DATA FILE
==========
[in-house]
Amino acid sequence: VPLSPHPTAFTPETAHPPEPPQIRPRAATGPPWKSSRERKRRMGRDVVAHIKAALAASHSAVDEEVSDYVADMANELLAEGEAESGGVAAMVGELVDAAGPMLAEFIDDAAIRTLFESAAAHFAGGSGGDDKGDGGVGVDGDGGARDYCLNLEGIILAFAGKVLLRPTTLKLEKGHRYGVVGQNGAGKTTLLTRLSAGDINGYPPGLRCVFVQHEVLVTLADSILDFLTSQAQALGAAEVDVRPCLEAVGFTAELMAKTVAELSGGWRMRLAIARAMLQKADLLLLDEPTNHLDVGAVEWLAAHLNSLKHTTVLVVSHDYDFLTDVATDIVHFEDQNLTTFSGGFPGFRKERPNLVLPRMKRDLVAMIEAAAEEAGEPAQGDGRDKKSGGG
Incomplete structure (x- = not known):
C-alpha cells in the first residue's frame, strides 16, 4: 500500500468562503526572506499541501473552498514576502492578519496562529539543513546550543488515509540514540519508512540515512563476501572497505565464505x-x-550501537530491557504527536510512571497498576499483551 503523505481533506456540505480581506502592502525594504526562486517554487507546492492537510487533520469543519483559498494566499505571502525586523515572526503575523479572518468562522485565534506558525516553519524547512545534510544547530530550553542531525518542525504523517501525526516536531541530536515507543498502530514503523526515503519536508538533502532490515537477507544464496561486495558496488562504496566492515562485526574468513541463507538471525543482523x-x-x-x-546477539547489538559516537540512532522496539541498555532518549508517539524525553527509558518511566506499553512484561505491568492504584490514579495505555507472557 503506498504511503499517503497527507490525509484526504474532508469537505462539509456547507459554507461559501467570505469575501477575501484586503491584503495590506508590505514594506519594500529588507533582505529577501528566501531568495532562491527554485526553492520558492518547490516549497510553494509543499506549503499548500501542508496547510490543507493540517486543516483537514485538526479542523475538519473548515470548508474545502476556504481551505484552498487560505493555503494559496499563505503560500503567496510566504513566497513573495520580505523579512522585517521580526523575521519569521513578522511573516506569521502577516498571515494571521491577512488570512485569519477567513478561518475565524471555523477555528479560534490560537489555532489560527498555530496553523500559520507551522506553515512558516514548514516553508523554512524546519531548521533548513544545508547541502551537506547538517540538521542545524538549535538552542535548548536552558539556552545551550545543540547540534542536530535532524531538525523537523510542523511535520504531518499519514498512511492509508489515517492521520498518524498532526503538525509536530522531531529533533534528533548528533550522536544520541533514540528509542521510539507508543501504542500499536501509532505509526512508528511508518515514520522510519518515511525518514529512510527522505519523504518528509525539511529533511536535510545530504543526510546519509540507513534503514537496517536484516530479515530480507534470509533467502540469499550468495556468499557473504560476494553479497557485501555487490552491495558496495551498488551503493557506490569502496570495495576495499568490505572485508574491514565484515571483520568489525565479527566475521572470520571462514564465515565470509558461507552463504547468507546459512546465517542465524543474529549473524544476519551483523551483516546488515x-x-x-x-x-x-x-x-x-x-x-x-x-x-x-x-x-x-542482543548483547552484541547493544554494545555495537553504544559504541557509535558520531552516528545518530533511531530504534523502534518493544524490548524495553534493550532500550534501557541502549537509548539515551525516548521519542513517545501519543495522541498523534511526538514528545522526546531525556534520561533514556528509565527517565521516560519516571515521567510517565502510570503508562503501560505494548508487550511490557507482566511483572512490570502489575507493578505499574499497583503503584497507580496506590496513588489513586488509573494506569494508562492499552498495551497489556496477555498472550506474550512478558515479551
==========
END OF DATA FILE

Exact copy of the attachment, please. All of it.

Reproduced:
[in-house]
Amino acid sequence: VPLSPHPTAFTPETAHPPEPPQIRPRAATGPPWKSSRERKRRMGRDVVAHIKAALAASHSAVDEEVSDYVADMANELLAEGEAESGGVAAMVGELVDAAGPMLAEFIDDAAIRTLFESAAAHFAGGSGGDDKGDGGVGVDGDGGARDYCLNLEGIILAFAGKVLLRPTTLKLEKGHRYGVVGQNGAGKTTLLTRLSAGDINGYPPGLRCVFVQHEVLVTLADSILDFLTSQAQALGAAEVDVRPCLEAVGFTAELMAKTVAELSGGWRMRLAIARAMLQKADLLLLDEPTNHLDVGAVEWLAAHLNSLKHTTVLVVSHDYDFLTDVATDIVHFEDQNLTTFSGGFPGFRKERPNLVLPRMKRDLVAMIEAAAEEAGEPAQGDGRDKKSGGG
Incomplete structure (x- = not known):
C-alpha cells in the first residue's frame, strides 16, 4: 500500500468562503526572506499541501473552498514576502492578519496562529539543513546550543488515509540514540519508512540515512563476501572497505565464505x-x-550501537530491557504527536510512571497498576499483551 503523505481533506456540505480581506502592502525594504526562486517554487507546492492537510487533520469543519483559498494566499505571502525586523515572526503575523479572518468562522485565534506558525516553519524547512545534510544547530530550553542531525518542525504523517501525526516536531541530536515507543498502530514503523526515503519536508538533502532490515537477507544464496561486495558496488562504496566492515562485526574468513541463507538471525543482523x-x-x-x-546477539547489538559516537540512532522496539541498555532518549508517539524525553527509558518511566506499553512484561505491568492504584490514579495505555507472557 503506498504511503499517503497527507490525509484526504474532508469537505462539509456547507459554507461559501467570505469575501477575501484586503491584503495590506508590505514594506519594500529588507533582505529577501528566501531568495532562491527554485526553492520558492518547490516549497510553494509543499506549503499548500501542508496547510490543507493540517486543516483537514485538526479542523475538519473548515470548508474545502476556504481551505484552498487560505493555503494559496499563505503560500503567496510566504513566497513573495520580505523579512522585517521580526523575521519569521513578522511573516506569521502577516498571515494571521491577512488570512485569519477567513478561518475565524471555523477555528479560534490560537489555532489560527498555530496553523500559520507551522506553515512558516514548514516553508523554512524546519531548521533548513544545508547541502551537506547538517540538521542545524538549535538552542535548548536552558539556552545551550545543540547540534542536530535532524531538525523537523510542523511535520504531518499519514498512511492509508489515517492521520498518524498532526503538525509536530522531531529533533534528533548528533550522536544520541533514540528509542521510539507508543501504542500499536501509532505509526512508528511508518515514520522510519518515511525518514529512510527522505519523504518528509525539511529533511536535510545530504543526510546519509540507513534503514537496517536484516530479515530480507534470509533467502540469499550468495556468499557473504560476494553479497557485501555487490552491495558496495551498488551503493557506490569502496570495495576495499568490505572485508574491514565484515571483520568489525565479527566475521572470520571462514564465515565470509558461507552463504547468507546459512546465517542465524543474529549473524544476519551483523551483516546488515x-x-x-x-x-x-x-x-x-x-x-x-x-x-x-x-x-x-542482543548483547552484541547493544554494545555495537553504544559504541557509535558520531552516528545518530533511531530504534523502534518493544524490548524495553534493550532500550534501557541502549537509548539515551525516548521519542513517545501519543495522541498523534511526538514528545522526546531525556534520561533514556528509565527517565521516560519516571515521567510517565502510570503508562503501560505494548508487550511490557507482566511483572512490570502489575507493578505499574499497583503503584497507580496506590496513588489513586488509573494506569494508562492499552498495551497489556496477555498472550506474550512478558515479551